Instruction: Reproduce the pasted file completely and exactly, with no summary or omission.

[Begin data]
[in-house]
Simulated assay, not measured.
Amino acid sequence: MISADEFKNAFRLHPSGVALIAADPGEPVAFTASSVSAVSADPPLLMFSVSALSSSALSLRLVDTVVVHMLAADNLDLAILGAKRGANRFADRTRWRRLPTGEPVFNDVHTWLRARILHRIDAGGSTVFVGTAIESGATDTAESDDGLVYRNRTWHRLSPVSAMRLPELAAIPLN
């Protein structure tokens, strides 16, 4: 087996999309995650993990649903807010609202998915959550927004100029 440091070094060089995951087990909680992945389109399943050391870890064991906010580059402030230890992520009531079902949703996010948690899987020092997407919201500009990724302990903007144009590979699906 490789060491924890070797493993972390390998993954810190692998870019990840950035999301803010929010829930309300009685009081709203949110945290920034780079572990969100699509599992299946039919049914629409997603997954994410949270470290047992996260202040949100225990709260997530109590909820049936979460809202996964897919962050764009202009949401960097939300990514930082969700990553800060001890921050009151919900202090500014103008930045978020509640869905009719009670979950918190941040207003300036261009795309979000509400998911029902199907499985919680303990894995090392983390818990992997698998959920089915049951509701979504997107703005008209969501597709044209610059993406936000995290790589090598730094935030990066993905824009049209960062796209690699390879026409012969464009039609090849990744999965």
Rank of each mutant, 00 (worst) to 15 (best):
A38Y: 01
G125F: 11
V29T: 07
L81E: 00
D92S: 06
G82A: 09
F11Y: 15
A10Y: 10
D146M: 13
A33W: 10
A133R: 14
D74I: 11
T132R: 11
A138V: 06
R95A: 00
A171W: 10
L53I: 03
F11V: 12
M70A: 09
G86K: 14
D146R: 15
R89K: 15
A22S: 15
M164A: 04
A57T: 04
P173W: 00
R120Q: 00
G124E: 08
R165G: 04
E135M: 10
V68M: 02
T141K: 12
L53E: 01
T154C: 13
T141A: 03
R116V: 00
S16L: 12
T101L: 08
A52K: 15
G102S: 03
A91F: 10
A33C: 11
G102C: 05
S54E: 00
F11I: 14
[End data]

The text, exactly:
[in-house]
Simulated assay, not measured.
Amino acid sequence: MISADEFKNAFRLHPSGVALIAADPGEPVAFTASSVSAVSADPPLLMFSVSALSSSALSLRLVDTVVVHMLAADNLDLAILGAKRGANRFADRTRWRRLPTGEPVFNDVHTWLRARILHRIDAGGSTVFVGTAIESGATDTAESDDGLVYRNRTWHRLSPVSAMRLPELAAIPLN
């Protein structure tokens, strides 16, 4: 087996999309995650993990649903807010609202998915959550927004100029 440091070094060089995951087990909680992945389109399943050391870890064991906010580059402030230890992520009531079902949703996010948690899987020092997407919201500009990724302990903007144009590979699906 490789060491924890070797493993972390390998993954810190692998870019990840950035999301803010929010829930309300009685009081709203949110945290920034780079572990969100699509599992299946039919049914629409997603997954994410949270470290047992996260202040949100225990709260997530109590909820049936979460809202996964897919962050764009202009949401960097939300990514930082969700990553800060001890921050009151919900202090500014103008930045978020509640869905009719009670979950918190941040207003300036261009795309979000509400998911029902199907499985919680303990894995090392983390818990992997698998959920089915049951509701979504997107703005008209969501597709044209610059993406936000995290790589090598730094935030990066993905824009049209960062796209690699390879026409012969464009039609090849990744999965």
Rank of each mutant, 00 (worst) to 15 (best):
A38Y: 01
G125F: 11
V29T: 07
L81E: 00
D92S: 06
G82A: 09
F11Y: 15
A10Y: 10
D146M: 13
A33W: 10
A133R: 14
D74I: 11
T132R: 11
A138V: 06
R95A: 00
A171W: 10
L53I: 03
F11V: 12
M70A: 09
G86K: 14
D146R: 15
R89K: 15
A22S: 15
M164A: 04
A57T: 04
P173W: 00
R120Q: 00
G124E: 08
R165G: 04
E135M: 10
V68M: 02
T141K: 12
L53E: 01
T154C: 13
T141A: 03
R116V: 00
S16L: 12
T101L: 08
A52K: 15
G102S: 03
A91F: 10
A33C: 11
G102C: 05
S54E: 00
F11I: 14